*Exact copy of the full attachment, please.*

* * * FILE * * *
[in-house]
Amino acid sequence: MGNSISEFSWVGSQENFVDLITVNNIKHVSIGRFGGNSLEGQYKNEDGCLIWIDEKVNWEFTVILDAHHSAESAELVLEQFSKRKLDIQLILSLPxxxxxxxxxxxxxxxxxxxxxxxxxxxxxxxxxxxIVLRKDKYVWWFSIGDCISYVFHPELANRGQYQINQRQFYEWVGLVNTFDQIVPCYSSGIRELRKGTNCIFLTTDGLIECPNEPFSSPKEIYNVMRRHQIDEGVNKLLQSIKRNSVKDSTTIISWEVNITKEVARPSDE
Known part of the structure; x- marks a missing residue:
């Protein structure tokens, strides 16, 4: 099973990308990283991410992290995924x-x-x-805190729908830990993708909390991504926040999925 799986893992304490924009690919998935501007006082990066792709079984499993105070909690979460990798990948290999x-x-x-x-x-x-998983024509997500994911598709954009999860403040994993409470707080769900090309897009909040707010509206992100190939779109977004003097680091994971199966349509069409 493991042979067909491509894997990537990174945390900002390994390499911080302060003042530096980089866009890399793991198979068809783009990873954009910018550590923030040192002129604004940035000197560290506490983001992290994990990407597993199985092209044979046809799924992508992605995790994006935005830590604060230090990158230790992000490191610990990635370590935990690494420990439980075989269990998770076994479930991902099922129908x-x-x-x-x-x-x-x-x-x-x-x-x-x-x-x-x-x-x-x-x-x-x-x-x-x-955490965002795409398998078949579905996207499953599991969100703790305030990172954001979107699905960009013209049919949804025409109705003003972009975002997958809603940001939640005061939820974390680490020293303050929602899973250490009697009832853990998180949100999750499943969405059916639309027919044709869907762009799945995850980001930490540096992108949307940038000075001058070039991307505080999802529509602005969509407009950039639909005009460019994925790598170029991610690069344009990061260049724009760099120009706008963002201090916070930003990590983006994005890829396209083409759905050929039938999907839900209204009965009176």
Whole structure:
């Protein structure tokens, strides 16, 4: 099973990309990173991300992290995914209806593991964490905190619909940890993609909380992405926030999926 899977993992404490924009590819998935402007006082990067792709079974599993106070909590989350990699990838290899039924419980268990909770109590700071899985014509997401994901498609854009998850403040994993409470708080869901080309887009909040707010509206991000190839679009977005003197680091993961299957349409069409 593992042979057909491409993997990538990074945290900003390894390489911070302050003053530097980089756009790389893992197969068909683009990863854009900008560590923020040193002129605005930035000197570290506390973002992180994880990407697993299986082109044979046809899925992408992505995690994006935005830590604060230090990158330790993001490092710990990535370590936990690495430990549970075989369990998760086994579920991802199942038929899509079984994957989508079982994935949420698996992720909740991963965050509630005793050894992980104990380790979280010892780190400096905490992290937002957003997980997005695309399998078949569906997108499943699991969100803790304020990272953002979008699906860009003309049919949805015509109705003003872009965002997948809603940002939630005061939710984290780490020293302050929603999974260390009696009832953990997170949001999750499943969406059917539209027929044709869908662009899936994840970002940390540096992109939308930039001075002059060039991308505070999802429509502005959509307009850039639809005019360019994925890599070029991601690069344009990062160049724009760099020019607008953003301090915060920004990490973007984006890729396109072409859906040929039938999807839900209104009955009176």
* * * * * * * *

[in-house]
Amino acid sequence: MGNSISEFSWVGSQENFVDLITVNNIKHVSIGRFGGNSLEGQYKNEDGCLIWIDEKVNWEFTVILDAHHSAESAELVLEQFSKRKLDIQLILSLPxxxxxxxxxxxxxxxxxxxxxxxxxxxxxxxxxxxIVLRKDKYVWWFSIGDCISYVFHPELANRGQYQINQRQFYEWVGLVNTFDQIVPCYSSGIRELRKGTNCIFLTTDGLIECPNEPFSSPKEIYNVMRRHQIDEGVNKLLQSIKRNSVKDSTTIISWEVNITKEVARPSDE
Known part of the structure; x- marks a missing residue:
């Protein structure tokens, strides 16, 4: 099973990308990283991410992290995924x-x-x-805190729908830990993708909390991504926040999925 799986893992304490924009690919998935501007006082990066792709079984499993105070909690979460990798990948290999x-x-x-x-x-x-998983024509997500994911598709954009999860403040994993409470707080769900090309897009909040707010509206992100190939779109977004003097680091994971199966349509069409 493991042979067909491509894997990537990174945390900002390994390499911080302060003042530096980089866009890399793991198979068809783009990873954009910018550590923030040192002129604004940035000197560290506490983001992290994990990407597993199985092209044979046809799924992508992605995790994006935005830590604060230090990158230790992000490191610990990635370590935990690494420990439980075989269990998770076994479930991902099922129908x-x-x-x-x-x-x-x-x-x-x-x-x-x-x-x-x-x-x-x-x-x-x-x-x-x-955490965002795409398998078949579905996207499953599991969100703790305030990172954001979107699905960009013209049919949804025409109705003003972009975002997958809603940001939640005061939820974390680490020293303050929602899973250490009697009832853990998180949100999750499943969405059916639309027919044709869907762009799945995850980001930490540096992108949307940038000075001058070039991307505080999802529509602005969509407009950039639909005009460019994925790598170029991610690069344009990061260049724009760099120009706008963002201090916070930003990590983006994005890829396209083409759905050929039938999907839900209204009965009176």
Whole structure:
């Protein structure tokens, strides 16, 4: 099973990309990173991300992290995914209806593991964490905190619909940890993609909380992405926030999926 899977993992404490924009590819998935402007006082990067792709079974599993106070909590989350990699990838290899039924419980268990909770109590700071899985014509997401994901498609854009998850403040994993409470708080869901080309887009909040707010509206991000190839679009977005003197680091993961299957349409069409 593992042979057909491409993997990538990074945290900003390894390489911070302050003053530097980089756009790389893992197969068909683009990863854009900008560590923020040193002129605005930035000197570290506390973002992180994880990407697993299986082109044979046809899925992408992505995690994006935005830590604060230090990158330790993001490092710990990535370590936990690495430990549970075989369990998760086994579920991802199942038929899509079984994957989508079982994935949420698996992720909740991963965050509630005793050894992980104990380790979280010892780190400096905490992290937002957003997980997005695309399998078949569906997108499943699991969100803790304020990272953002979008699906860009003309049919949805015509109705003003872009965002997948809603940002939630005061939710984290780490020293302050929603999974260390009696009832953990997170949001999750499943969406059917539209027929044709869908662009899936994840970002940390540096992109939308930039001075002059060039991308505070999802429509502005959509307009850039639809005019360019994925890599070029991601690069344009990062160049724009760099020019607008953003301090915060920004990490973007984006890729396109072409859906040929039938999807839900209104009955009176």